Running late on race day can be stressful for the entire boat. It is best to plan ahead so you don't have to rush your warm up, and have time to shed layers, drink water, and regroup before pulling into the starting blocks.
Tip #4 - Get to know your rowers very well.
It is super important to think about each rower as an individual, and to work closely with them to learn what they need to perform their best on race day. Each athlete is unique and needs different things in order to race their fastest race. Although you are not expected to individually cater to each rower in your boat at all times (which would be exhausting and nearly impossible), it is important to have a good understanding of who is sitting in your boat, what they like, and what makes them row fast.
Different things motivate different people, and everyone responds well to different communication styles. Having conversations with your boat mates and asking them questions to get to know them well as rowers will allow you to cox them in the most effective way.
Some questions that are good things to ask your boat mates are:
What type of feedback do you do best with?
What are some things that really motivate you?
What types of coxing calls do you like the best? Is there anything that really gets you going?
What are your favorite calls you've had a coxswain say to you during a race or a practice?
Is there anything I can specifically try and remind you of or help you focus on in the boat to best help you perform?
If you can cater to each person in your boat's needs (within reason), you can maximize speed from each seat and bring all of the rowers together to make your boat as fast as possible. Sometimes just saying a few specific words or phrases can unite an entire crew when you are tight with your boat mates. I have found when you have your own language and telepathy with your boat, it results in the most fun and memorable races.
One thing that is super important about this tip is to set clear expectations. When having these conversations with your rowers, you want to make sure you are not overpromising anything. I personally always like to say that I will try my best to incorporate their needs, but have to keep in mind that there are 7 other rowers that need things too. I never want to promise I will say something at a certain meter mark, or make a specific call, because sometimes it isn't possible to do that. I prefer to set very clear and low expectations, and explain that I will do what is best for the boat in the race, which is whatever I see fit at that time.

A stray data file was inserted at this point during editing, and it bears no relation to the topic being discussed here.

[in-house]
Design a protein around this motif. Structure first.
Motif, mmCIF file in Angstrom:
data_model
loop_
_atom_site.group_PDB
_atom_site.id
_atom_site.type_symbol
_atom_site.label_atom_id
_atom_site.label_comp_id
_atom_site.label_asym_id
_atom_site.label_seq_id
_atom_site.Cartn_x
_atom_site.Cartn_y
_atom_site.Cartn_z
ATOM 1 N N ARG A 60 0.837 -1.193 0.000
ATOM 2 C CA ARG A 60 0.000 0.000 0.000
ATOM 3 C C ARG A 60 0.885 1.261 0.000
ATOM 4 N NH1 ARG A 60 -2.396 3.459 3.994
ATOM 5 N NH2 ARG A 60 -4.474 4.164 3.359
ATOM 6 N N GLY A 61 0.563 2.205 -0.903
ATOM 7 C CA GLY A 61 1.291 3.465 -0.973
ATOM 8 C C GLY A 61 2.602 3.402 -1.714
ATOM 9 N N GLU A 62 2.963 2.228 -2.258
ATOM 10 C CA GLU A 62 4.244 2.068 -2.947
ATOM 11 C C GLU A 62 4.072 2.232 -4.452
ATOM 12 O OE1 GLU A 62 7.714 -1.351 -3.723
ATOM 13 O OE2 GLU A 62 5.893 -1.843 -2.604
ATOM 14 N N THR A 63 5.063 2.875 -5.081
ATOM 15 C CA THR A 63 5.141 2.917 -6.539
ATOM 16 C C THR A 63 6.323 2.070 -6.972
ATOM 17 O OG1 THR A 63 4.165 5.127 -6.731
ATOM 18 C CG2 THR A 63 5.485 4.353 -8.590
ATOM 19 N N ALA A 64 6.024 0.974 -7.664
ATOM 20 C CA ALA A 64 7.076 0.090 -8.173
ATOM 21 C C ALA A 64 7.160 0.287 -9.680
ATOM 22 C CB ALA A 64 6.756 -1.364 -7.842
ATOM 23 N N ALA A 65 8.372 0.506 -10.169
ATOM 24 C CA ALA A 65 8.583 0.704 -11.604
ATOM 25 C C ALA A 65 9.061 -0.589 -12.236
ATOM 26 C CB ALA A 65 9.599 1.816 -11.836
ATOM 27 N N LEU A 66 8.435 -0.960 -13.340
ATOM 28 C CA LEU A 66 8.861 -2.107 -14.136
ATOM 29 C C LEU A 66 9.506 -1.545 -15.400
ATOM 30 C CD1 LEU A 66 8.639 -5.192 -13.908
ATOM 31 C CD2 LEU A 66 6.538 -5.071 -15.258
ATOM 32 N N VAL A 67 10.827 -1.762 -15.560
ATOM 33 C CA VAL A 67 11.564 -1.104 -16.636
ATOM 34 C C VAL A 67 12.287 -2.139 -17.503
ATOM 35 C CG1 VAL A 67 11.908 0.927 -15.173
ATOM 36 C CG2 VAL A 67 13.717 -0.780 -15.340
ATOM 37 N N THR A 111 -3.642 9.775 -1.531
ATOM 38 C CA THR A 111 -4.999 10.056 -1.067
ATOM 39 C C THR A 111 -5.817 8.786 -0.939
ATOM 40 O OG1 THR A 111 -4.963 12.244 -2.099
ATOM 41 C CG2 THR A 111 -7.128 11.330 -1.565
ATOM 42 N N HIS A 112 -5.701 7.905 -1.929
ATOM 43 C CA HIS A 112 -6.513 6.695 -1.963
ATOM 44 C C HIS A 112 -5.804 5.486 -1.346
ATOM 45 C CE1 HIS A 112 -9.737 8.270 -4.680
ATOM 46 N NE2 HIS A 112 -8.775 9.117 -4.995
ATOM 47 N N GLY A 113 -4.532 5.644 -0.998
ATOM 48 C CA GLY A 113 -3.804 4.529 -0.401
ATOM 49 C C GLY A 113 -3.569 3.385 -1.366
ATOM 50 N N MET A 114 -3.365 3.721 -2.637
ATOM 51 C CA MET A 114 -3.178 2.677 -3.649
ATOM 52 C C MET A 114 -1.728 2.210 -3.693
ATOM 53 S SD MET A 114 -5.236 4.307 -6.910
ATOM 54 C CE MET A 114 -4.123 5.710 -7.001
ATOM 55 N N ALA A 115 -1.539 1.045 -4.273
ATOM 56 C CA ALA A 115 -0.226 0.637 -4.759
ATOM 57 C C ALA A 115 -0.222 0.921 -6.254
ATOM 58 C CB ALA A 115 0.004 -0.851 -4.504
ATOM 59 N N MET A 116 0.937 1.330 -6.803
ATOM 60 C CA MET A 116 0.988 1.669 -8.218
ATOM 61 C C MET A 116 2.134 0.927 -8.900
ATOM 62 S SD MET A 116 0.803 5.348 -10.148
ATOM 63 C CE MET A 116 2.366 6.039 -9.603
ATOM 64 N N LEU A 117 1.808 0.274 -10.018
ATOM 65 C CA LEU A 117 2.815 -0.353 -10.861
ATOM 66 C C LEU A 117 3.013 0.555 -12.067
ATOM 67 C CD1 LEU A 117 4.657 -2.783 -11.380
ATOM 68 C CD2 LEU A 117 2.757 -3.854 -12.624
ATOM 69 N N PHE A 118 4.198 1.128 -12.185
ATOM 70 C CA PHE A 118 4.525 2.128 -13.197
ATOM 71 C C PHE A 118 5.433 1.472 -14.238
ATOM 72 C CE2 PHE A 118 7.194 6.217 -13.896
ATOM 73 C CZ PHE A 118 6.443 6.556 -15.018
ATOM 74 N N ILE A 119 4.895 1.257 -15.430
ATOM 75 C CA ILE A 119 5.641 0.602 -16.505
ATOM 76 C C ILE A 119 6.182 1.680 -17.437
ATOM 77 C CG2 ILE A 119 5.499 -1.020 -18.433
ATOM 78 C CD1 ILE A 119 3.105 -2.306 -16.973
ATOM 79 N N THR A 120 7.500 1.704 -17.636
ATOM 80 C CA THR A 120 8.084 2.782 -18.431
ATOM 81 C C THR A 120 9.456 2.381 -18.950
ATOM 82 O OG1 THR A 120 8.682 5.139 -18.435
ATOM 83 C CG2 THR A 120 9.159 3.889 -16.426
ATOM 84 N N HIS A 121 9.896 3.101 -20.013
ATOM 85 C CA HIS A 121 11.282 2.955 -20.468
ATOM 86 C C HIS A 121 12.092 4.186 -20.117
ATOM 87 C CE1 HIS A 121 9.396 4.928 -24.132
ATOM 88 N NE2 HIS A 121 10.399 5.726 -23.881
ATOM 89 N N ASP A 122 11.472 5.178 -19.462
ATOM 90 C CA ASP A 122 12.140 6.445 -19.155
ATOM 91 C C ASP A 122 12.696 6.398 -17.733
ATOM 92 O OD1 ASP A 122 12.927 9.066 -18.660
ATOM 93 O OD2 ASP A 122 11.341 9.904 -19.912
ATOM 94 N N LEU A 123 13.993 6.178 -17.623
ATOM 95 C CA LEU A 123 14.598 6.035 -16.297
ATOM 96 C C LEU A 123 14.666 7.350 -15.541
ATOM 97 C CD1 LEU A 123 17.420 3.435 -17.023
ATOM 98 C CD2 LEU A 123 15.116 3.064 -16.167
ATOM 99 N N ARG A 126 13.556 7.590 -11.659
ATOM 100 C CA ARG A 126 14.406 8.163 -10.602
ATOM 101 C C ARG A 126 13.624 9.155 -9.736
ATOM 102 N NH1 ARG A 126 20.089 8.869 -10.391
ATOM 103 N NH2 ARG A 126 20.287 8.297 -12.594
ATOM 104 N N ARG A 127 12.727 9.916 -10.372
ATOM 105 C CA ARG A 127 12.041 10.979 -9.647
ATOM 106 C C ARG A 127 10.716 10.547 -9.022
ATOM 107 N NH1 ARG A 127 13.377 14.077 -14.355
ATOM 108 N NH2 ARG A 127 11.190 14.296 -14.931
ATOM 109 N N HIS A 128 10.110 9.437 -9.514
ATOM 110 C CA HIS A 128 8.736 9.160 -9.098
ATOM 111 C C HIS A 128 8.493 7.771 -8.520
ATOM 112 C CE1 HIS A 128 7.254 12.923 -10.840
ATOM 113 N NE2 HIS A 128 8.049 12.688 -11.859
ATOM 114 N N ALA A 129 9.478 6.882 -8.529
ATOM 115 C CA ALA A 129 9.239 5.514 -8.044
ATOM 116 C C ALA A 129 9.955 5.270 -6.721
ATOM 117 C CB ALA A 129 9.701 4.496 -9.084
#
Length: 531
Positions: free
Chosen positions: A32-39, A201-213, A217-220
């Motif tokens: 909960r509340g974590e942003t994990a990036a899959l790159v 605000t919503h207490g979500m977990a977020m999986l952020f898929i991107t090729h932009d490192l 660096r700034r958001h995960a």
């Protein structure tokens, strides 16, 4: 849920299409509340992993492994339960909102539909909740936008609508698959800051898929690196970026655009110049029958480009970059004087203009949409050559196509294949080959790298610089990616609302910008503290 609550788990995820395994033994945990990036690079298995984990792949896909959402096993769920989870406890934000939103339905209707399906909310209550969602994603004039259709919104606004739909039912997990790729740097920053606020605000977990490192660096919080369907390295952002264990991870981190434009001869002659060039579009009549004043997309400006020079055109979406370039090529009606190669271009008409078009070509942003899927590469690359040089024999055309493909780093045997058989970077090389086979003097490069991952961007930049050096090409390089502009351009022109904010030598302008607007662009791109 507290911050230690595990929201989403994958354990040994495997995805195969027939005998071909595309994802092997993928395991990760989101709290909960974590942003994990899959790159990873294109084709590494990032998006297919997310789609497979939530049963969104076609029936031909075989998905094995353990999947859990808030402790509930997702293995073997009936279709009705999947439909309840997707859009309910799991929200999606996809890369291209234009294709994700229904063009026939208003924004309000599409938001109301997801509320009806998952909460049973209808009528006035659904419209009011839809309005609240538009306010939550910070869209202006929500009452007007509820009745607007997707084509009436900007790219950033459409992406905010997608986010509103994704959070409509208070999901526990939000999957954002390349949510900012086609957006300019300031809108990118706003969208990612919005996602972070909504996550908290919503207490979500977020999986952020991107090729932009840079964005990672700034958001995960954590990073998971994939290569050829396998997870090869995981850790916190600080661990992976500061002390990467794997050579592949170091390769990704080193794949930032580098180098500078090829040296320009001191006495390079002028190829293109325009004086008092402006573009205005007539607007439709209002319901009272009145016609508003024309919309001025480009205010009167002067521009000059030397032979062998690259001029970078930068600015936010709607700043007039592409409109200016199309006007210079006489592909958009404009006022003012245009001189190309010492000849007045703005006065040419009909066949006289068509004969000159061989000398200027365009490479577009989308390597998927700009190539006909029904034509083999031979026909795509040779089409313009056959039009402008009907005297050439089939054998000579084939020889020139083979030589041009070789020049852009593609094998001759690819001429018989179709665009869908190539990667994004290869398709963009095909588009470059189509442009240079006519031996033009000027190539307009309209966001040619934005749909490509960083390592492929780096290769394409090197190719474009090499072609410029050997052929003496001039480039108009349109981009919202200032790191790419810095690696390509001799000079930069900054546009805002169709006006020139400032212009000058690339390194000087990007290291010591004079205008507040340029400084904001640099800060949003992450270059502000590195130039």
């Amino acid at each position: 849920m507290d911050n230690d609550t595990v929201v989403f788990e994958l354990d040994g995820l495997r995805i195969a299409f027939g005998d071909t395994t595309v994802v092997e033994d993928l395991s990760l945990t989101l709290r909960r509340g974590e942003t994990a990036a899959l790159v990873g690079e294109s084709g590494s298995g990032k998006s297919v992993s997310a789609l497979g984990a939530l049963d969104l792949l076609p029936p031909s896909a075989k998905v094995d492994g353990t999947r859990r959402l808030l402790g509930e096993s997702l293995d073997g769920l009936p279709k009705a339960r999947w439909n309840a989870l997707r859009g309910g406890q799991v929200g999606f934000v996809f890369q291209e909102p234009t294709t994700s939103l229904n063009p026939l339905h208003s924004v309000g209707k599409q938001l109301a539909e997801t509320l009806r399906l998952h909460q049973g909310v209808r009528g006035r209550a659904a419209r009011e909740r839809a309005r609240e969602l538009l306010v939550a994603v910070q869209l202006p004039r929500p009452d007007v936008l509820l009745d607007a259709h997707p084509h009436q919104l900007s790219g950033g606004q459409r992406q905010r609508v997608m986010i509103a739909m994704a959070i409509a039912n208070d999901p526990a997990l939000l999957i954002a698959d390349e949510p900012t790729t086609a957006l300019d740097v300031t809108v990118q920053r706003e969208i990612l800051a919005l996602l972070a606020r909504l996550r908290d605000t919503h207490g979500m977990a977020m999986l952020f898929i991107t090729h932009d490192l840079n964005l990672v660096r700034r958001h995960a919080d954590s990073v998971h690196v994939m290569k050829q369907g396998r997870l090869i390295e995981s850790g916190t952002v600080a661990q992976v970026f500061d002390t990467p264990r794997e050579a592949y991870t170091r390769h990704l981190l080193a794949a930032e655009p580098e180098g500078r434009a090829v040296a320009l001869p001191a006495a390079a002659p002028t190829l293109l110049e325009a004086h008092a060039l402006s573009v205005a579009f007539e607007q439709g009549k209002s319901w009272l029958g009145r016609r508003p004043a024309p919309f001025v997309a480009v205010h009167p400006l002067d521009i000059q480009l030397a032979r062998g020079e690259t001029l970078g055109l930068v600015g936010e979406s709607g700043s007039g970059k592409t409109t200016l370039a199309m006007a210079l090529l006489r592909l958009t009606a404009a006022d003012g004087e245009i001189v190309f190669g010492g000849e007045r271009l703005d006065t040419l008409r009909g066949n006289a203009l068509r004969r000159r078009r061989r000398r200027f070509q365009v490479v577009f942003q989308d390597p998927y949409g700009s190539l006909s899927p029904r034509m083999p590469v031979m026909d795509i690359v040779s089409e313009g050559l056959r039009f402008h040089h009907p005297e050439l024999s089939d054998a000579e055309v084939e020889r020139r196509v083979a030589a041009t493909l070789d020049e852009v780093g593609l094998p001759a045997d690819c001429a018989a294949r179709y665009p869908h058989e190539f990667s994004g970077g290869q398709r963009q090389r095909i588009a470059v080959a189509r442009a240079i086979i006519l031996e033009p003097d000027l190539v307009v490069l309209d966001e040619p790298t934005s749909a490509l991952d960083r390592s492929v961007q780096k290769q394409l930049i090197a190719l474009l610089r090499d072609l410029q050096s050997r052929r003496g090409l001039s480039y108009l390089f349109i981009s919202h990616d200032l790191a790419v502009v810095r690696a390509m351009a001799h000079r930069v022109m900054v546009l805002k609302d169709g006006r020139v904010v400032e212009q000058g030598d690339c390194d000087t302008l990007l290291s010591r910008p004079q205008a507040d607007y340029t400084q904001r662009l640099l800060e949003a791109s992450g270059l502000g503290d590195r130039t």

Prioritizing the boat's needs always comes first, and then finding a way to best serve each rower individually second. A 2k can be a very short race to fit in many different requests, so try not to overpromise and under-deliver. Instead, get to know each rower as well as you can, and read the boat wisely to make whatever call will maximize potential for the boat in that moment.
By putting these 4 tips in practice, you will pull up to the start line with the tools needed to succeed on race day.
If you come into your race on time, well prepared, with well communicated and aligned goals, and knowing your boat mates intimately well, you are ready to have your best race. Get out there, set the tone, and get after it!
If this was helpful, if you have any questions, or if you want to discuss how to incorporate these 4 practices into your personal race routine, book a 1:1 coxswain coaching session below to discuss. I feel super confident in the importance of these 4 methods, and I would be happy to help any developing coxswain elevate their skills and leadership by implementing them as we head into championship racing season!